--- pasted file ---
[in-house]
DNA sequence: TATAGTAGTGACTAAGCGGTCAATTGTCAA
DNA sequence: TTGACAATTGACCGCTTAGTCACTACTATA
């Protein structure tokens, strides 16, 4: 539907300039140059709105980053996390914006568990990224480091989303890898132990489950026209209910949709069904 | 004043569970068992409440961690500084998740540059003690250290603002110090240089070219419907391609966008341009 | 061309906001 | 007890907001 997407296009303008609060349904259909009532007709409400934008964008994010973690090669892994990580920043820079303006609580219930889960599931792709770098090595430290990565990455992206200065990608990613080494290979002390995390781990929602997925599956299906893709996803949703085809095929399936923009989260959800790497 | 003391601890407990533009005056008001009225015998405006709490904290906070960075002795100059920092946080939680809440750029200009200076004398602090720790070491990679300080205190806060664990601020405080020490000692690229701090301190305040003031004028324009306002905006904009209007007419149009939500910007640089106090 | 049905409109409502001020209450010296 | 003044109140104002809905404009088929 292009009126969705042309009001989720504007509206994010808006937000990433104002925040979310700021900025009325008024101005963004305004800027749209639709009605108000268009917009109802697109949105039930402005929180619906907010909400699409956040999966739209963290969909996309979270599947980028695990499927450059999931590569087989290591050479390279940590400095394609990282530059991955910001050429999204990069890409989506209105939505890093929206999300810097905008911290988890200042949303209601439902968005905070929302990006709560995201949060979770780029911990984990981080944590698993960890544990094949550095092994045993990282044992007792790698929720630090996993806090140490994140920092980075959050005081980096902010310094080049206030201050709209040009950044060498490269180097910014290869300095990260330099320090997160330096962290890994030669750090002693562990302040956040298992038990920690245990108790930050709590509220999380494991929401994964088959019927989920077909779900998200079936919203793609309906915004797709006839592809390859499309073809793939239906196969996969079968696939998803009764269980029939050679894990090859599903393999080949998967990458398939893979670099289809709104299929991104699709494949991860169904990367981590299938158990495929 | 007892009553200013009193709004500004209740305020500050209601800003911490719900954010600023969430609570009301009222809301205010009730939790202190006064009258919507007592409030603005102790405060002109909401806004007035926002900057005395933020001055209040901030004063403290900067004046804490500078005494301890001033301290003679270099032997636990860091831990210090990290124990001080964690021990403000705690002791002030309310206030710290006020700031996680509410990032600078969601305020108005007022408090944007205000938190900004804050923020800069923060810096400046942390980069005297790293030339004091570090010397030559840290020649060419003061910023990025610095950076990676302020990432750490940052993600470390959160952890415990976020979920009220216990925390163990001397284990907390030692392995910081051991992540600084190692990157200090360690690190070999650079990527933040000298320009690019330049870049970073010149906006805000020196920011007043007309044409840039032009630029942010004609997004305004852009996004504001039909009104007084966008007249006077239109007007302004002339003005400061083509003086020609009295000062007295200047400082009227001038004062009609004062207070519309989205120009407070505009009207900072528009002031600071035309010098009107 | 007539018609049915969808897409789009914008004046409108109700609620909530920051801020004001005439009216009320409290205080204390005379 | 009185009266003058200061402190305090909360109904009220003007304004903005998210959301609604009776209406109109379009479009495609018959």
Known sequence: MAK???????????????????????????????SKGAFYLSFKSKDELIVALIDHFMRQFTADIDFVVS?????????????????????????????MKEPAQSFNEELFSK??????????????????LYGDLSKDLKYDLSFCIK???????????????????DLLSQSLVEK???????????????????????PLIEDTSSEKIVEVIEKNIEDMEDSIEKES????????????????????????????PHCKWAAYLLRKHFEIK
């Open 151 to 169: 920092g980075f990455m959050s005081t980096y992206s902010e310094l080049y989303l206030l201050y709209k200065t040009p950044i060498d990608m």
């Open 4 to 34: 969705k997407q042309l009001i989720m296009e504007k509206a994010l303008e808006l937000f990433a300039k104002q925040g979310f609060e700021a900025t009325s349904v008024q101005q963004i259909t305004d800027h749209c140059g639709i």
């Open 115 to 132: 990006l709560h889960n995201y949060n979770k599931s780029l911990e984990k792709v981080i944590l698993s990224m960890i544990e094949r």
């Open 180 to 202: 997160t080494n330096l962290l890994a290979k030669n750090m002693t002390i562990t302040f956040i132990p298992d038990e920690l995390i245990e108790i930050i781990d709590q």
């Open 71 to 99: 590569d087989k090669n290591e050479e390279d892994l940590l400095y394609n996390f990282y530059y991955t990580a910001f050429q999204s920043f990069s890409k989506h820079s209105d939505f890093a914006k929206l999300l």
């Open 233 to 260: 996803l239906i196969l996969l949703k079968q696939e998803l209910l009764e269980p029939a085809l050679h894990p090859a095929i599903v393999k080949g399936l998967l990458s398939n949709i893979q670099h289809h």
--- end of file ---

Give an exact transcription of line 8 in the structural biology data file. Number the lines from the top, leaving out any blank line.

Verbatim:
């Open 115 to 132: 990006l709560h889960n995201y949060n979770k599931s780029l911990e984990k792709v981080i944590l698993s990224m960890i544990e094949r």